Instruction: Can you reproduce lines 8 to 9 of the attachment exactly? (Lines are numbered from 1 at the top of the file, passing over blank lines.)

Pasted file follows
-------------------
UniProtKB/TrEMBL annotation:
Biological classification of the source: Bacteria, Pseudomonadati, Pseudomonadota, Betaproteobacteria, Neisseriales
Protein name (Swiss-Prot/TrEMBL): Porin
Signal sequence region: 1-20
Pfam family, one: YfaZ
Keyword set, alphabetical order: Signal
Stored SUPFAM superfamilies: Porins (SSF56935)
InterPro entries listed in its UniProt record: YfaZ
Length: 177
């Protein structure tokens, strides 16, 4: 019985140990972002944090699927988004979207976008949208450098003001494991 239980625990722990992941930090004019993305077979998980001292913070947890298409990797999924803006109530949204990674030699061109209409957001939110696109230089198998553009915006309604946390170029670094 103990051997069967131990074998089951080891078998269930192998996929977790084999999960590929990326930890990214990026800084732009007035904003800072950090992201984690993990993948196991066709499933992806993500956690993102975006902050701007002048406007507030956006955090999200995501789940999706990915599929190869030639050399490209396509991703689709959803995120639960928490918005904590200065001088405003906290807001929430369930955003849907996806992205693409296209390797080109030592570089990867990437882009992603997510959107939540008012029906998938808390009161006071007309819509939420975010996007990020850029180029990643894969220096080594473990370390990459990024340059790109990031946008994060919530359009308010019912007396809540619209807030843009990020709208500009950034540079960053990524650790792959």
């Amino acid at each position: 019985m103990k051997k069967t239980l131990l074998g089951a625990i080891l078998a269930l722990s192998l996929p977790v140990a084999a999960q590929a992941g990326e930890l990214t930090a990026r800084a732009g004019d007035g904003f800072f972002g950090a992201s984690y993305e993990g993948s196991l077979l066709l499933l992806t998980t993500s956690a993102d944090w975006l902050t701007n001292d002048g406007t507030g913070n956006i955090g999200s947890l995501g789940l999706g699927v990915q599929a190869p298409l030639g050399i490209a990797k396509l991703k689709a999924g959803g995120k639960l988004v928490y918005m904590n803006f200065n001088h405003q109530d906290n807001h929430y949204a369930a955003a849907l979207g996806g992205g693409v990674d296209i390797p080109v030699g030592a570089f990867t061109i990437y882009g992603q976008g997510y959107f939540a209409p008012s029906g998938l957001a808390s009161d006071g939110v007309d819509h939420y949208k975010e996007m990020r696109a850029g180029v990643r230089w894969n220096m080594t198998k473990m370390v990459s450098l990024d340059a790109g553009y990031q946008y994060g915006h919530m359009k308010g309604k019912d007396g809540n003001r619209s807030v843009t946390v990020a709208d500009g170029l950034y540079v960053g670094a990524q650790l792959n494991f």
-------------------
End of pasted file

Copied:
InterPro entries listed in its UniProt record: YfaZ
Length: 177